Using cryptocurrency is not reliable or safe, according to 75% of people polled in a Pew Research Center survey of 10,071 respondents living in the U.S. in April, according to CNBC. Just 6% said they felt very confident investing or trading in the digital currency.
Feelings of insecurity increase with age, according to the survey, from 66% in people below age 50 and 85% above.
That crypto investments haven’t performed as well as expected hasn’t raised enthusiasm, traders reported in the survey. About 45% of traders said their investments did worse than they had anticipated, and around 30% said they fell out where they expected. Just 15% reported that their crypto investments fared better than they originally thought they would.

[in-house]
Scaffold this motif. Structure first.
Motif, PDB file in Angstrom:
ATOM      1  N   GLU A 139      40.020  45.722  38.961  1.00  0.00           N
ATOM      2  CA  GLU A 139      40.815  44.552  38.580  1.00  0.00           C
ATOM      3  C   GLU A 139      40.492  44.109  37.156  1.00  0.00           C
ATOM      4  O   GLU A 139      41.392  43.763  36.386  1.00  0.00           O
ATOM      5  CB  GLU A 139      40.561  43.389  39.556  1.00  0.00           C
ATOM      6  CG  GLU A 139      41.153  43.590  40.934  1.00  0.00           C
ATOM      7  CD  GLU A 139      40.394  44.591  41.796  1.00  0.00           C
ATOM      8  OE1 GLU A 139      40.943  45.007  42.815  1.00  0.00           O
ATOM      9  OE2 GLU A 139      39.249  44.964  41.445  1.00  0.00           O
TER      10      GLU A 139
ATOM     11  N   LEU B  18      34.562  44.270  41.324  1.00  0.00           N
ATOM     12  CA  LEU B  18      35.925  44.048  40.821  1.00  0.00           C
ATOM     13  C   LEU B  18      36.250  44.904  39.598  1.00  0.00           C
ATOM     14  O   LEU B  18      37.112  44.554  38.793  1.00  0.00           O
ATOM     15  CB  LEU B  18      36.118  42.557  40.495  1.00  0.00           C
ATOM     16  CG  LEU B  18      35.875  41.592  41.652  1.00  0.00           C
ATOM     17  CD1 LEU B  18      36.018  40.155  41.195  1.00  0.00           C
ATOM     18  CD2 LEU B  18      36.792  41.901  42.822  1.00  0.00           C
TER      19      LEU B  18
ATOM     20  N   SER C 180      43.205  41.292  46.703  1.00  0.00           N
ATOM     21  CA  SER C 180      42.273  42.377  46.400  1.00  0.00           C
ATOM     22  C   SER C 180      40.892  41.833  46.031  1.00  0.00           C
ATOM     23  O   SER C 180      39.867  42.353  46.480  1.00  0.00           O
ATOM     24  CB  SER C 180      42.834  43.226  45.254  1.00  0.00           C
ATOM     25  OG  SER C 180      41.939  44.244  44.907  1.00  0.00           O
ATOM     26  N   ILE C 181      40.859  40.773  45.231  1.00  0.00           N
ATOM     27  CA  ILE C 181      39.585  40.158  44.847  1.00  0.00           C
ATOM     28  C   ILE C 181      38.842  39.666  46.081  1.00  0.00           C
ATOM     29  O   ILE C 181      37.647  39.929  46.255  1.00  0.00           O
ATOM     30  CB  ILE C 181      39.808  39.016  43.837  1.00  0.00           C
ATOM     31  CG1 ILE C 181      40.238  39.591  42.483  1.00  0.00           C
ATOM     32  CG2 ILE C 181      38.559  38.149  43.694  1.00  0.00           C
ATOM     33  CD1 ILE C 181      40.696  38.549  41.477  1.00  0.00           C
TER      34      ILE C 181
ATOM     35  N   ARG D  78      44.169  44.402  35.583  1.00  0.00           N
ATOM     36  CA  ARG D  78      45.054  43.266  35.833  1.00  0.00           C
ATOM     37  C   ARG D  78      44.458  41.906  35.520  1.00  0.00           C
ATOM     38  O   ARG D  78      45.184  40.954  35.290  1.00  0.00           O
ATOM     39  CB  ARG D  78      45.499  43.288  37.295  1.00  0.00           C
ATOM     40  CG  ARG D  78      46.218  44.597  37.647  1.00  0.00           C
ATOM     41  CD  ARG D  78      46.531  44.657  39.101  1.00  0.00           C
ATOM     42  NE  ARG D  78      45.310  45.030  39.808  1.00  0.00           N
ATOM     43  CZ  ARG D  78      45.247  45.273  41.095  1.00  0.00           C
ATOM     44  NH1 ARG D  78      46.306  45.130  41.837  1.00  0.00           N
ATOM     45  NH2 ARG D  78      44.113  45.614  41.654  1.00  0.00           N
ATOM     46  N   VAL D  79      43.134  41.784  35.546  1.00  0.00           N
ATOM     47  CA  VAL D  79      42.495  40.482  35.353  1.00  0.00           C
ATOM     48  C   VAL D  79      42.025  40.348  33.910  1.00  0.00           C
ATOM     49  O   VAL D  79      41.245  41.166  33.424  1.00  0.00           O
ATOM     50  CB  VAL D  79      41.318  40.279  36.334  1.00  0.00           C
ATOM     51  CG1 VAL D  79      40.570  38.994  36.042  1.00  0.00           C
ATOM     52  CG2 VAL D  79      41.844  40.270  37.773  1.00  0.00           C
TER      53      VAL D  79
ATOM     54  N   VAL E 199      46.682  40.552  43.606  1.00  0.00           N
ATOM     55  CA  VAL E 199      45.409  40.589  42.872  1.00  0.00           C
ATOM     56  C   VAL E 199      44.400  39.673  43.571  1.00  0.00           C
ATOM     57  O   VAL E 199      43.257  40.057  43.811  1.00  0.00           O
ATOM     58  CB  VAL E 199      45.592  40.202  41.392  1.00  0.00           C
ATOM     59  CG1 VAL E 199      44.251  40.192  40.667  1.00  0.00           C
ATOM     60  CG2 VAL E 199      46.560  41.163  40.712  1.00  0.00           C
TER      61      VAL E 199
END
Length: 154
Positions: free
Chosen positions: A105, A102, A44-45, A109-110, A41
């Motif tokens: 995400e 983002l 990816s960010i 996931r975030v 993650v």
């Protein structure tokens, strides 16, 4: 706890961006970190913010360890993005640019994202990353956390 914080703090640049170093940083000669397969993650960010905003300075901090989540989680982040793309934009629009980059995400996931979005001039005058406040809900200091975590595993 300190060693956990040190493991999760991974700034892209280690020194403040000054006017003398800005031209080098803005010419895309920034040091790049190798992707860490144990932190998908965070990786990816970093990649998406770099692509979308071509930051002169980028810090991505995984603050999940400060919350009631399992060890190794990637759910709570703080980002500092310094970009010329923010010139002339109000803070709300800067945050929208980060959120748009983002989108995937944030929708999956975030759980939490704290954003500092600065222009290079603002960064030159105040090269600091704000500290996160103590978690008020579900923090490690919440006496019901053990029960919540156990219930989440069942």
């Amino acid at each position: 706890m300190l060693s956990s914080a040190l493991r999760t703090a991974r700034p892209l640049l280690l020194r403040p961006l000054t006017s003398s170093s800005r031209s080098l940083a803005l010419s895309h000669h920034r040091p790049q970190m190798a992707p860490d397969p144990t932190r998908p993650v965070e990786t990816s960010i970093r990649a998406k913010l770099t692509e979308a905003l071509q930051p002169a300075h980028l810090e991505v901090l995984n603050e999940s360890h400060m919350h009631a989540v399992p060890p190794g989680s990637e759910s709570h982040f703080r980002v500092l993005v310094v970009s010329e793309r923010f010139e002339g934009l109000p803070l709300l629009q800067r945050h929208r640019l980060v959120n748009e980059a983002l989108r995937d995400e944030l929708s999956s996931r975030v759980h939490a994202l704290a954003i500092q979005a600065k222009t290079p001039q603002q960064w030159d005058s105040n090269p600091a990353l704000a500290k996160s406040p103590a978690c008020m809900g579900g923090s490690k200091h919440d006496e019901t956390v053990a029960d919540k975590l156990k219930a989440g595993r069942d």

In 2022, the crypto market lost about $1.4 trillion in value when several companies filed for bankruptcy and one of the largest exchanges, FTX, collapsed. Also that year, hackers cost investors about $4 billion, the blockchain analyst firm Chainalysis reported.
Despite the dismal data, the most popular digital coin, bitcoin, has performed well in 2023, surging by about 80% since January and hovering at $30,000 in mid-April. At its peak in November 2021, it reached $68,000.
Consumer confidence is particularly important for virtual currencies, since value isn’t derived from an underlying asset, and they are worth only what investors will pay. Their prices are also volatile.
“Crypto is not an investment,” Bankrate Reporter James Royal told CNBC, “but rather a trade to make money from the next guy coming in the door.”